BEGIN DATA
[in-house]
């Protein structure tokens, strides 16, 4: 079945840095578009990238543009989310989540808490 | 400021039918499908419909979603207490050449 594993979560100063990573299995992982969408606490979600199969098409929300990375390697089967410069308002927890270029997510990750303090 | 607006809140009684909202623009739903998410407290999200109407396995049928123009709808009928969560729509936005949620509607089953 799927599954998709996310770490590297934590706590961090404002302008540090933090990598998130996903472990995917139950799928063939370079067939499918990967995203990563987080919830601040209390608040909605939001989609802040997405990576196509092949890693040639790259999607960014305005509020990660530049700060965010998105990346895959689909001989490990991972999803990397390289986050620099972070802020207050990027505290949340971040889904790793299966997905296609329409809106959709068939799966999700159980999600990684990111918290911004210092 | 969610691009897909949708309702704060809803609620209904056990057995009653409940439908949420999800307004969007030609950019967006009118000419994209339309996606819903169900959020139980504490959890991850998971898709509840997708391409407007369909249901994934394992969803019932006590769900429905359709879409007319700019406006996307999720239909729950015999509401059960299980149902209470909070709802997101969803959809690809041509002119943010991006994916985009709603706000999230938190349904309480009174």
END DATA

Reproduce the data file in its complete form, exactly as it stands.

[in-house]
């Protein structure tokens, strides 16, 4: 079945840095578009990238543009989310989540808490 | 400021039918499908419909979603207490050449 594993979560100063990573299995992982969408606490979600199969098409929300990375390697089967410069308002927890270029997510990750303090 | 607006809140009684909202623009739903998410407290999200109407396995049928123009709808009928969560729509936005949620509607089953 799927599954998709996310770490590297934590706590961090404002302008540090933090990598998130996903472990995917139950799928063939370079067939499918990967995203990563987080919830601040209390608040909605939001989609802040997405990576196509092949890693040639790259999607960014305005509020990660530049700060965010998105990346895959689909001989490990991972999803990397390289986050620099972070802020207050990027505290949340971040889904790793299966997905296609329409809106959709068939799966999700159980999600990684990111918290911004210092 | 969610691009897909949708309702704060809803609620209904056990057995009653409940439908949420999800307004969007030609950019967006009118000419994209339309996606819903169900959020139980504490959890991850998971898709509840997708391409407007369909249901994934394992969803019932006590769900429905359709879409007319700019406006996307999720239909729950015999509401059960299980149902209470909070709802997101969803959809690809041509002119943010991006994916985009709603706000999230938190349904309480009174």